ISPs and Port Blocking

There is no reason for ISPs to block certain ports, but according to this blog entry, it seems that some still do. SBC Yahoo! DSL blocks outgoing connections on port 25 (SMTP) by default, however, they allow their clients to request the port to be opened. Whether or not SBC Yahoo! DSL unblocks outgoing connections to port 25 for only a particular destination is uncertain. Blocking ports is essentially restricting access to the whole Internet, and I would have sought another ISP if my provider was very strict about accessing third-party SMTP servers or operating servers from my home.

ISPs know which client’s credentials are used to connect to their service. They also have the means of determining which account is abusing their service. ISPs do throttle their clients’ bandwidth already, and they can further diminish the connection quality of abusing, jabbering, or compromised clients. They do not need to block these ports by default. Blocking popular ports, such as HTTP, evidences their lack of enthusiasm to take advantage of the networking tools they have as Internet service providers. It is an indication that the ISP is not strongly motivated to provide unobstructed Internet service to its clients.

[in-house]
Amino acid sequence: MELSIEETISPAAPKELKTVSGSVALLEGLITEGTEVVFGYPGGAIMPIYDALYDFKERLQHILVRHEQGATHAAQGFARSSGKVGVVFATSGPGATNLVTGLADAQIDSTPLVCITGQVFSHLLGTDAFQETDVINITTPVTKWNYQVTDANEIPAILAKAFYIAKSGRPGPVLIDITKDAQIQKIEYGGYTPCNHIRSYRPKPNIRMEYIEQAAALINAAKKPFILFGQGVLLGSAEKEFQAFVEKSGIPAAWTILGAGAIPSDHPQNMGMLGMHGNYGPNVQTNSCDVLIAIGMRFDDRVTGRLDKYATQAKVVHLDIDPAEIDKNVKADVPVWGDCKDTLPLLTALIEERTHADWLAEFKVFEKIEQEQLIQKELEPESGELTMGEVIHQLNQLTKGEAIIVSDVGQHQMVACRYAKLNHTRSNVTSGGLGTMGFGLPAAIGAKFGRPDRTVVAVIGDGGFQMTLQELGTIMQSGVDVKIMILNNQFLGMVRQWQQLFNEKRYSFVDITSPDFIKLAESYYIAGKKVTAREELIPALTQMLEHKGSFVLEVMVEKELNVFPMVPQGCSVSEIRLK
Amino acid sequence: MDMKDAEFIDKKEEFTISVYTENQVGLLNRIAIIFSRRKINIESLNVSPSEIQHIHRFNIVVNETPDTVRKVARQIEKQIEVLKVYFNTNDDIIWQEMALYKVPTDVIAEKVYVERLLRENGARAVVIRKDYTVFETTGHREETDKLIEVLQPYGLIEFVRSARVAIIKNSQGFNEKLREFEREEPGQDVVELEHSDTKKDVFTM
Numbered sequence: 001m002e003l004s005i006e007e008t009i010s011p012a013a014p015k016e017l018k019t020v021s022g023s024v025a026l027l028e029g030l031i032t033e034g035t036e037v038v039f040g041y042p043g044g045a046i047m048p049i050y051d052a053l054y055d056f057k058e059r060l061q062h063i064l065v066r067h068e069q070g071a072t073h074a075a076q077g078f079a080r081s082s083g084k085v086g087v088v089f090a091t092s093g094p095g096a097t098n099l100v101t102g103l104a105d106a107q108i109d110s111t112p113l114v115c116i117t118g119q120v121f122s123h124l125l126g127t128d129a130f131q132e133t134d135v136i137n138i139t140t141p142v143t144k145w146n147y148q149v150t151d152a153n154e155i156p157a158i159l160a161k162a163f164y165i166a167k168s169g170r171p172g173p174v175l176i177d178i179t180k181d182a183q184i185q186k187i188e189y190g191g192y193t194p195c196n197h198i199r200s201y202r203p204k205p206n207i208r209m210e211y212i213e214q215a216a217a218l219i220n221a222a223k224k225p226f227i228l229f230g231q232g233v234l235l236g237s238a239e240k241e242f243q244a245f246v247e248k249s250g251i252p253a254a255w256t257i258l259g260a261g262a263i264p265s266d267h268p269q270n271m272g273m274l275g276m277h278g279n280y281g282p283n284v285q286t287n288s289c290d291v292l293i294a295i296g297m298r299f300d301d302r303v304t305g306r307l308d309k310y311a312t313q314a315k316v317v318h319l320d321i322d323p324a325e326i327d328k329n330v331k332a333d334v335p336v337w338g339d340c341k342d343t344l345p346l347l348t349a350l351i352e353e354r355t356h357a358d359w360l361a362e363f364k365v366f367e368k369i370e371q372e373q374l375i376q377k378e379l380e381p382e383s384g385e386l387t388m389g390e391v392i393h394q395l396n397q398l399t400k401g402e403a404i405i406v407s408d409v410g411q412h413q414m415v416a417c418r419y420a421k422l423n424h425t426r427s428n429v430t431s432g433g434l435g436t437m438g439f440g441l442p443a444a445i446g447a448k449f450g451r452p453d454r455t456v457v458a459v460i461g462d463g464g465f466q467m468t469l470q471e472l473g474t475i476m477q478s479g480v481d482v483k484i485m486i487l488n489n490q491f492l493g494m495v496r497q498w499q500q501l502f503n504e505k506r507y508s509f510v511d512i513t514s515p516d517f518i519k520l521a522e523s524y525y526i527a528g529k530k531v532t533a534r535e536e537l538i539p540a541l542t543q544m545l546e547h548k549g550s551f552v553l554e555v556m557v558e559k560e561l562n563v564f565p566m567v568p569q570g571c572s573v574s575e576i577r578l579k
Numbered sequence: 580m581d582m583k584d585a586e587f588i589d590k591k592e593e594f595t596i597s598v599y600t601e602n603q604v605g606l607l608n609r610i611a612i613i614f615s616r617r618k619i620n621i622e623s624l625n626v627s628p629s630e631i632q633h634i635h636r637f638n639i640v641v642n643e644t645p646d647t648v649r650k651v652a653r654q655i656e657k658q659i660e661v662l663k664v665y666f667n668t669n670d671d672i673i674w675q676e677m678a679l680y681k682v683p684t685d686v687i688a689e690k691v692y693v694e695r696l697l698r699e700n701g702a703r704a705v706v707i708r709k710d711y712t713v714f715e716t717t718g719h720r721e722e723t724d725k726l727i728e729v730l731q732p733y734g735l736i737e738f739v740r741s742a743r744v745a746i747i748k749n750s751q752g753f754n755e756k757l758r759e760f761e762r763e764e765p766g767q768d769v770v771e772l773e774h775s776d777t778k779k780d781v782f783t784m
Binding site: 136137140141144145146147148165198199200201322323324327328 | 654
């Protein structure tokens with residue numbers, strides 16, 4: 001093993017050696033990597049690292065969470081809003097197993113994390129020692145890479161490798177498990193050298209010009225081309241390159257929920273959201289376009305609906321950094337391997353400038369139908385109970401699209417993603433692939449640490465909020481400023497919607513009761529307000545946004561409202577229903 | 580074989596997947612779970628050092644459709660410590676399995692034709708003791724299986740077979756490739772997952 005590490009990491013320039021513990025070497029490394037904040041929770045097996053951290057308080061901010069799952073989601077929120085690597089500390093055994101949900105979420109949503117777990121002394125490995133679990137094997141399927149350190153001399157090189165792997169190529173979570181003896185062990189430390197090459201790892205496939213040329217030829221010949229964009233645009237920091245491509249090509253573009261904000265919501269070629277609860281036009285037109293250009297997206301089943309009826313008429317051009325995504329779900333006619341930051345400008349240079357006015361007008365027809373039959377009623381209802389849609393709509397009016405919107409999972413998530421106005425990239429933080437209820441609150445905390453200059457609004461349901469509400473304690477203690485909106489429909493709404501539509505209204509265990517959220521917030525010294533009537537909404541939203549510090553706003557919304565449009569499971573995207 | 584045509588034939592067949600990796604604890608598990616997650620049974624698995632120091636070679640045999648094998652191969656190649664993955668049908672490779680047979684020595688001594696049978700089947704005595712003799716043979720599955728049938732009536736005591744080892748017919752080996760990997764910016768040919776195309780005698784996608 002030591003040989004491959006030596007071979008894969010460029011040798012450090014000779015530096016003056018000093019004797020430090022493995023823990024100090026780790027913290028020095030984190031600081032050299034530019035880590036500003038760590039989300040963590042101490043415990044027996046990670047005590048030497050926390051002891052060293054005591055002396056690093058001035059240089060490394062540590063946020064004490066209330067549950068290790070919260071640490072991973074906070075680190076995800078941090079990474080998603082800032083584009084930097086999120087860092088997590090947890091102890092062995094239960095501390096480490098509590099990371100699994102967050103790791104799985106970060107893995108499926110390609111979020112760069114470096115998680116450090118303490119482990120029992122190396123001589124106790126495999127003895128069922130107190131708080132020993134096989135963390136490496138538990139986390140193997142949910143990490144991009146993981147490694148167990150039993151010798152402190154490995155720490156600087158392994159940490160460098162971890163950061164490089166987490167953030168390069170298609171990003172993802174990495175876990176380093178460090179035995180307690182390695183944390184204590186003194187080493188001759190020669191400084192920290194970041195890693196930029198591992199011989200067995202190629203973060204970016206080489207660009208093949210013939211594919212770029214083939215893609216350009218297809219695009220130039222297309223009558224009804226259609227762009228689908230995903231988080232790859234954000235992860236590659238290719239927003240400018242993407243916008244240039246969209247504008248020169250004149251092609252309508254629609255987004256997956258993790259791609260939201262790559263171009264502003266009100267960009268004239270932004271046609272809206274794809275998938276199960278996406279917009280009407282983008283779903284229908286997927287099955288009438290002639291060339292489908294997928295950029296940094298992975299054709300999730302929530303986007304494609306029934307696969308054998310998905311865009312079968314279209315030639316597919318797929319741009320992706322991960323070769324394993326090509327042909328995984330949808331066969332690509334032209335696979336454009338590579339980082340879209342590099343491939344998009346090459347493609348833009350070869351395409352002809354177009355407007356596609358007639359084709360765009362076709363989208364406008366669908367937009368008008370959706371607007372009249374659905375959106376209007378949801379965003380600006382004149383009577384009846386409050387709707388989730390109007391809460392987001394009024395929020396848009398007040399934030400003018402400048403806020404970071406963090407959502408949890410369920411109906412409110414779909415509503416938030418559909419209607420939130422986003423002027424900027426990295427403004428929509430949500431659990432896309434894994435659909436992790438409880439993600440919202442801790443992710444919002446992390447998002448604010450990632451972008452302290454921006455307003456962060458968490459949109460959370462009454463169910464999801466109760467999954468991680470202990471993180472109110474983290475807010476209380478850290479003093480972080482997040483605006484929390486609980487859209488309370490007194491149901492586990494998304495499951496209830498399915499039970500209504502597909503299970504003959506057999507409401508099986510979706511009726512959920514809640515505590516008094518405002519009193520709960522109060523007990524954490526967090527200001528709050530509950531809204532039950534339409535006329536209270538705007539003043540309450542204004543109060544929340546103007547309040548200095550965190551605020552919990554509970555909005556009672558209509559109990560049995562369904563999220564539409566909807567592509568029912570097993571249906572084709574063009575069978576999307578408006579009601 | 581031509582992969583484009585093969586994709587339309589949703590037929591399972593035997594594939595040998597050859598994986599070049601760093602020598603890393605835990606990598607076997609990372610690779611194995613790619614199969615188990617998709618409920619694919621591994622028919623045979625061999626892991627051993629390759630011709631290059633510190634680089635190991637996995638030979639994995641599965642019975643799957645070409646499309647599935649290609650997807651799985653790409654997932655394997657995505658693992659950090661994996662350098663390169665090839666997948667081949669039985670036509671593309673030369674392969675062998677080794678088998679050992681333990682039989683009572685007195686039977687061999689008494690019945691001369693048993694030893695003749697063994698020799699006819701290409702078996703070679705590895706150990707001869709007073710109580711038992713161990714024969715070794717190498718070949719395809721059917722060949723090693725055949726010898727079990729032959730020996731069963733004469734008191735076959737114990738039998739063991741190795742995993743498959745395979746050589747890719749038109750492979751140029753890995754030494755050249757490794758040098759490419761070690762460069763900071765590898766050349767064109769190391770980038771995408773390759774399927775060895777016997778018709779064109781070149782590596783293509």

I have been running an old computer with OpenBSD as a NAT router since the first day with my ISP. SBC Yahoo! DSL does not support it, but they also do not prevent it. I have also operated a webserver after the first week. Although they have been targetted by lawsuits demanding more protection mechanisms from the Internet, they have been a great ISP. I have been experiencing a lot of dropped connections lately, but I am happy overall for their unobtrusiveness while providing a generally reliable connection to the Internet. I have been an SBC Yahoo! DSL customer for approximately three years.

If an ISP is uncooperative about port unblock requests from hobbyists that are interested in gaining experience in IT administration, then three good solutions are very feasible: sign up for a dedicated hosting plan, experiment with network configuration in a private network, or simply look for another ISP and inform the restrictive ISP on the reason for abandoning them. It is very important that dissatisfied customers discontinue financially supporting restrictive ISPs. There are many ISPs available, and some of them are operated by professional computing hobbyists that simply love what they do and will not prevent their customers from experiencing the pride and joy of running legitimate servers at home.

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